May 27, 2016
These people (and their horses) are posing in front of the oldest house in Falmouth. Find out where it is, and which two sources you can consult from home to learn about all of Falmouth’s historic buildings.
April 7, 2016
As winter just refuses to quit, we share Oliver Franklin Swift’s memory of a zealous hockey player who found himself in a dire situation. Click on the link below to see how it all turned out.
February 19, 2016
Silas Jones was the 3rd mate of the Awashonks in 1835, when the Falmouth whaleship encountered an island that didn’t appear on any navigational charts on board. It was a pleasant surprise in a voyage that would later be marked by shocking reversals of fortune. Click on the link below to find out the name of the mystery island.
January 29, 2016
This happy pair of newlyweds can rightly be called the First Couple of Falmouth history. Who are they, and what did they do to earn that title? Click on the link below to find out.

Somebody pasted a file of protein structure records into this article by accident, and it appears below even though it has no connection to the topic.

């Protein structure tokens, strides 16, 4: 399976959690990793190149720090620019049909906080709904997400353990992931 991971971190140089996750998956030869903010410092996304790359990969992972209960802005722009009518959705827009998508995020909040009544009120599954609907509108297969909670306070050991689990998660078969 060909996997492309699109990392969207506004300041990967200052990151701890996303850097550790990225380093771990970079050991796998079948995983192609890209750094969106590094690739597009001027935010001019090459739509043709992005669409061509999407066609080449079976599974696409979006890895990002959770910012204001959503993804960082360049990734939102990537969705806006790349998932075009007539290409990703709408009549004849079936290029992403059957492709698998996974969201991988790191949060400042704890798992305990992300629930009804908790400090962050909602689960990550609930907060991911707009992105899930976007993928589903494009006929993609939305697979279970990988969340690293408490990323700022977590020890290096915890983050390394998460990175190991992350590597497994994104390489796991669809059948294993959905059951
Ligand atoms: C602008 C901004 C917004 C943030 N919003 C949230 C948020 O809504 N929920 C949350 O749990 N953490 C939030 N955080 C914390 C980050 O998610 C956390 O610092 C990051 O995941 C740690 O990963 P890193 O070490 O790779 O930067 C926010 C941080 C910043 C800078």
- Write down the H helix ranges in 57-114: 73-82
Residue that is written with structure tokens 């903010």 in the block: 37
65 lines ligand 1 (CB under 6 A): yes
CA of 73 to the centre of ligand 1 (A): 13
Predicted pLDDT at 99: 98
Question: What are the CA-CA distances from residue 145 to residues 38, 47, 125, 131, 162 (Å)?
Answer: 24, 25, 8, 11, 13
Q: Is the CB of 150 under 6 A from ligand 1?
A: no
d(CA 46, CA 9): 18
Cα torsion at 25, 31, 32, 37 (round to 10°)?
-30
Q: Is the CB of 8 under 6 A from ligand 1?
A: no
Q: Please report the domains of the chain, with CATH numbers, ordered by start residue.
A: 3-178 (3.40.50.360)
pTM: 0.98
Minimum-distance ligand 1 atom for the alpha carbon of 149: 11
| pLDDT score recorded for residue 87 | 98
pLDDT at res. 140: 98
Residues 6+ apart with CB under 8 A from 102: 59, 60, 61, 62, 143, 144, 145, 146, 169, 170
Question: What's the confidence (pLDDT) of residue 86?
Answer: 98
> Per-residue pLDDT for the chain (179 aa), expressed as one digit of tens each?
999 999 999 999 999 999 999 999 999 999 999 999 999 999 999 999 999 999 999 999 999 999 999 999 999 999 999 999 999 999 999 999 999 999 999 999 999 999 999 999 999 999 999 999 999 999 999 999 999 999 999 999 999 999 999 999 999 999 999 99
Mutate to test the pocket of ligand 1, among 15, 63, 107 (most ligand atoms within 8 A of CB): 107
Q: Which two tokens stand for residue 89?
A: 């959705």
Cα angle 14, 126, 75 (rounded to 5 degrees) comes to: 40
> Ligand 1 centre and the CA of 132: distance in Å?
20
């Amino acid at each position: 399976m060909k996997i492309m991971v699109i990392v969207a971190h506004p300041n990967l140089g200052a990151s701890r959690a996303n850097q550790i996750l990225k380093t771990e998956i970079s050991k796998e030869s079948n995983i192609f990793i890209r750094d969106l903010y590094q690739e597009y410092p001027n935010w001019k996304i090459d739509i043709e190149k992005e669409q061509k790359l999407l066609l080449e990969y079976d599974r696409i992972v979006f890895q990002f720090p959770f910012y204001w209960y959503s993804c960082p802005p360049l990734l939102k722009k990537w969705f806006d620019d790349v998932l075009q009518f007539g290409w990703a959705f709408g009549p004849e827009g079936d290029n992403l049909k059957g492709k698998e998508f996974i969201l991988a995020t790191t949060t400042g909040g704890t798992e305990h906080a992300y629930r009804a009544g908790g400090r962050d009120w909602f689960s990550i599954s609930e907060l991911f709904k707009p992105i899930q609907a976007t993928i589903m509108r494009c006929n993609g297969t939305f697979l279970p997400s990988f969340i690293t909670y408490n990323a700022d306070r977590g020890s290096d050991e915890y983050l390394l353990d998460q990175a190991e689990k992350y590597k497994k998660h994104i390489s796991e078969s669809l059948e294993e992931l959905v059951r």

December 22, 2015
Artist Henry Hauser dashed off this watercolor for his grown son, Albert, a career Coast Guardsman who shared his father’s love of painting. Read some other tales of Falmouth families who expressed their love by exchanging memorable Christmas presents.
December 18, 2015
Grace Lane taught English and history at Lawrence High School in 1900. In her spare time, she made an important contribution to one of the earliest projects undertaken by the brand-new Falmouth Historical Society. Find out how Grace helped to preserve a slice of Falmouth history, and how likeminded people are following in her footsteps today.
November 25, 2015
In 1850, turkeys were not as bold as they are today, and Falmouth residents like Oliver F. Swift knew how to make a Thanksgiving dinner from scratch. Read Oliver’s account of the delicious Thanksgiving feasts that he helped his mother to make. Click on the link below to find out . . .
November 19, 2015